Graduation Semester and Year




Document Type


Degree Name

Doctor of Philosophy in Electrical Engineering


Electrical Engineering

First Advisor

Jung-Chih Chiao


The deployment of medical electronics in healthcare plays a significant role to overcome many problems in disease treatment and diagnosis. For advanced applications, wireless solutions are preferred. The wireless technologies offer a new dimension of therapy or diagnosis, when wires are often bulky, unsafe, uncomfortable or even impossible to be deployed in some circumstances. The wireless communication devices can be categorized into two groups, active and passive, depending on the power sources operating electronics. The active devices draw powers from a battery, while the others harvest powers from external or internal sources. In this work, two medical applications are studied for pain management and gastroesophageal reflux diagnosis using active and passive wireless approaches, respectively. The pain management systems are based on neurostimulation and neurorecording principles. The system requires batteries in implants for wireless communication. The neurostimulation can significantly improve pain relief when used on carefully selected chronic pain patients. An integrated recording and stimulating system has been designed, developed and used in animal experiments. The system consists of miniature components to record neuronal signals from the spinal cord and to activate the stimulation in the brain wirelessly. The system is equipped with a feedback function and decision making capability to automatically activate the stimulation from the recorded signals. A wearable prototype was tested in anesthetized rats. The results show that, when suitable stimulation parameters are used, the brain stimulation inhibits neural responses which may cause pain. For gastroesophageal reflux diagnosis, a new method of wirelessly detecting reflux in esophagus was proposed. Based on passive telemetry using inductive links, impedance of the refluxates can be determined remotely. The impedance variation can be determined from either amplitude or frequency changes of the detected signals. Planar coils integrated with electrodes on flexible substrates have been fabricated for amplitude detection. A circuitry connected with the sensing electrodes has been built for frequency detection. The devices are characterized in acid and non-acid solutions including the experiments in animals. Both techniques were used in implantable sensors without a battery to distinguish air, water and acid reflux wirelessly with a reader. The design methodology can also be applied to other sensors to monitor physiological conditions in human body.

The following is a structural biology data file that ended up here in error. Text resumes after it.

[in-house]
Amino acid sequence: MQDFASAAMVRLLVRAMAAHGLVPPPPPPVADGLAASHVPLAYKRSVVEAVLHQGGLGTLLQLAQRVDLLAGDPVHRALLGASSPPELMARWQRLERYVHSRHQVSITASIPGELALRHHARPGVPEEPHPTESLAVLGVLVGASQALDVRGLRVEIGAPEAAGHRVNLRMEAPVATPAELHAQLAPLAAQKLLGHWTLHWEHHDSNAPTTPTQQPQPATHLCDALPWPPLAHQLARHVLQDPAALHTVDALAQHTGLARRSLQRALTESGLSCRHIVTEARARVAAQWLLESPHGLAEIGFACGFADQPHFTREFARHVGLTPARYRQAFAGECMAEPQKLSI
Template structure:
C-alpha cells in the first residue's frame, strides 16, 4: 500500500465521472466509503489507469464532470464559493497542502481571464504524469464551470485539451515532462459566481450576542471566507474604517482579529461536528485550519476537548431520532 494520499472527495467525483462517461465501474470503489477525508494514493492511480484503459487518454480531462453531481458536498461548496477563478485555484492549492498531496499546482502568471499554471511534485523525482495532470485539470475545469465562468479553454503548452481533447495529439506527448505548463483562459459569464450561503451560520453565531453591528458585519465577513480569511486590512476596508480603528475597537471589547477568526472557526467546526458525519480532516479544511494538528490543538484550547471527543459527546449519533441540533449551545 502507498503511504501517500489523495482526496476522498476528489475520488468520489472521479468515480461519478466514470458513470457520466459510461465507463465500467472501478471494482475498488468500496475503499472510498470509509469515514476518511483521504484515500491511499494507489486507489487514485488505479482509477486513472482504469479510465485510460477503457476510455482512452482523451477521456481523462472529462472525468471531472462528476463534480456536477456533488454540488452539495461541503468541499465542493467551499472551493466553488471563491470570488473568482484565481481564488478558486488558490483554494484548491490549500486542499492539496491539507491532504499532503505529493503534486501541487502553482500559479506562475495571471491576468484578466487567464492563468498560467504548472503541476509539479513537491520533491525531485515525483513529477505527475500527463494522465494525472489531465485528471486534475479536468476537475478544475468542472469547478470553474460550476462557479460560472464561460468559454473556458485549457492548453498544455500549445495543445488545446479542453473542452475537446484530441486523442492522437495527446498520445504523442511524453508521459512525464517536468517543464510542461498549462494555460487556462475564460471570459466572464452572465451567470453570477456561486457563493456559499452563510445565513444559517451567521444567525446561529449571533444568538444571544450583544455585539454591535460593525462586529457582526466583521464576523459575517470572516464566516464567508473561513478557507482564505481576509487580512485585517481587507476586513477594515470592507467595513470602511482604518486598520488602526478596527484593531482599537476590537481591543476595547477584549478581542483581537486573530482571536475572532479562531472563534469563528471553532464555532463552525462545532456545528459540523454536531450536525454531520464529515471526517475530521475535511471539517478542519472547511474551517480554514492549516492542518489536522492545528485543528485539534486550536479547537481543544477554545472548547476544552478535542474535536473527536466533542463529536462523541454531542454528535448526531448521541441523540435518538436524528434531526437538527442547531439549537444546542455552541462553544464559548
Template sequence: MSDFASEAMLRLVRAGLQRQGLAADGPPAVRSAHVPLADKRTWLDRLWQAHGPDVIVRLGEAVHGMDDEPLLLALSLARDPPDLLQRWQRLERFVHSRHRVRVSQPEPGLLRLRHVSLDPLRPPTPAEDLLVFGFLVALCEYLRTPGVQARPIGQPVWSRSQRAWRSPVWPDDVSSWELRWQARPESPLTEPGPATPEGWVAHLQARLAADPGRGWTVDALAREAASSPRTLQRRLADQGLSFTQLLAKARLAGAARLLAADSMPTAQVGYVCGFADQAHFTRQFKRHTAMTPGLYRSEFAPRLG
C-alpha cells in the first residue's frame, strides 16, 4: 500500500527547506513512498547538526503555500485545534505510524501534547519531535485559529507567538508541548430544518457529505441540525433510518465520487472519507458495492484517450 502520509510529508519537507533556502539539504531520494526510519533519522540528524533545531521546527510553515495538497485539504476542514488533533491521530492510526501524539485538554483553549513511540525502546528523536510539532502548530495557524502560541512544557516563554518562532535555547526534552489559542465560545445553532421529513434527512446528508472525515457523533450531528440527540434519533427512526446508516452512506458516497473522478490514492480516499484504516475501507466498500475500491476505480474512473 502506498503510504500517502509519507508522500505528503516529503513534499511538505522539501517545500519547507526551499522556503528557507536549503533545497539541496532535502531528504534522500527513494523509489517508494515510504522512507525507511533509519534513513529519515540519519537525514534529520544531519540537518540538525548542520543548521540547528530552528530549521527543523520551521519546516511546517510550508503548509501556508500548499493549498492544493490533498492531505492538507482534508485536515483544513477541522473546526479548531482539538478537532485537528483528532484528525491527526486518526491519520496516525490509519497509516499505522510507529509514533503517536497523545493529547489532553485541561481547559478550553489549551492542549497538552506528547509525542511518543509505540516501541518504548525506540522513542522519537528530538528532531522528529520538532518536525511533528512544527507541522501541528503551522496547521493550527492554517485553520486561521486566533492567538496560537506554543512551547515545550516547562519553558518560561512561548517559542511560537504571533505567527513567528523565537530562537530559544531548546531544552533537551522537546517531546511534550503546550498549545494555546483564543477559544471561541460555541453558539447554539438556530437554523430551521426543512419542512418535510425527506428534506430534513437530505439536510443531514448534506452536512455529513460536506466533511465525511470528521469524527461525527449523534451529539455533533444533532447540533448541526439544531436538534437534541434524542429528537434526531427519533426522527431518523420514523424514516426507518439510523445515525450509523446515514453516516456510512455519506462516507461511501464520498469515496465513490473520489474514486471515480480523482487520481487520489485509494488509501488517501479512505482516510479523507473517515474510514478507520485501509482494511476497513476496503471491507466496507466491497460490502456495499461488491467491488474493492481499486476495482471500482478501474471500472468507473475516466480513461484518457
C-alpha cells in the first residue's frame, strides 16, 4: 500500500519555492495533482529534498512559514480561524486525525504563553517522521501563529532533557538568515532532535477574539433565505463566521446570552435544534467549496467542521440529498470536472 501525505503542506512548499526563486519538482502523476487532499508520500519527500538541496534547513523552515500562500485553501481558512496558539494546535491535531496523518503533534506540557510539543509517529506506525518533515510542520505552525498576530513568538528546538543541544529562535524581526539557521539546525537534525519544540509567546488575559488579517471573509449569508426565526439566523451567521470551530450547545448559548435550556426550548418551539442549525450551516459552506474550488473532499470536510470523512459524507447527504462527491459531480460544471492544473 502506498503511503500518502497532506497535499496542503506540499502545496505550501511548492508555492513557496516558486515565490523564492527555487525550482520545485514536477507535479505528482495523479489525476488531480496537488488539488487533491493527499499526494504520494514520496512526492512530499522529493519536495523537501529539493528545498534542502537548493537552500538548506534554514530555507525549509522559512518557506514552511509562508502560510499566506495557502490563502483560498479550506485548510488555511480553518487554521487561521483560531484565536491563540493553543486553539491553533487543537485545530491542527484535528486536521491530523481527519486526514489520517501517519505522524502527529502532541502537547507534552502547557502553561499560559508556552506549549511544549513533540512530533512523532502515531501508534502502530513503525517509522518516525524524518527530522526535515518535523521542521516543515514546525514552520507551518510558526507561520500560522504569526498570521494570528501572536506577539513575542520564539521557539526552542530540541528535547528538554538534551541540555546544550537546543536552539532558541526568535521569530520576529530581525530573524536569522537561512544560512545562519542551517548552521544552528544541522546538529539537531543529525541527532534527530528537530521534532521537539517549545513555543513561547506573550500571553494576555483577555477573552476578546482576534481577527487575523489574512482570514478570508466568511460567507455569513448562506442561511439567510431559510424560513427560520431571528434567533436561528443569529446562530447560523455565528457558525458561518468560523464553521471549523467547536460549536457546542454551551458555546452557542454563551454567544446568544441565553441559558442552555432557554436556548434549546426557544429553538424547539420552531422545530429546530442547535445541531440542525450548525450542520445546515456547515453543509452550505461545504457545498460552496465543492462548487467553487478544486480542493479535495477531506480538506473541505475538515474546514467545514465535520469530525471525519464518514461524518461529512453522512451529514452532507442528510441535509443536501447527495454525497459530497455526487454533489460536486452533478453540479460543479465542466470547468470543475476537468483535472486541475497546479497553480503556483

Electrical and Computer Engineering | Engineering


Degree granted by The University of Texas at Arlington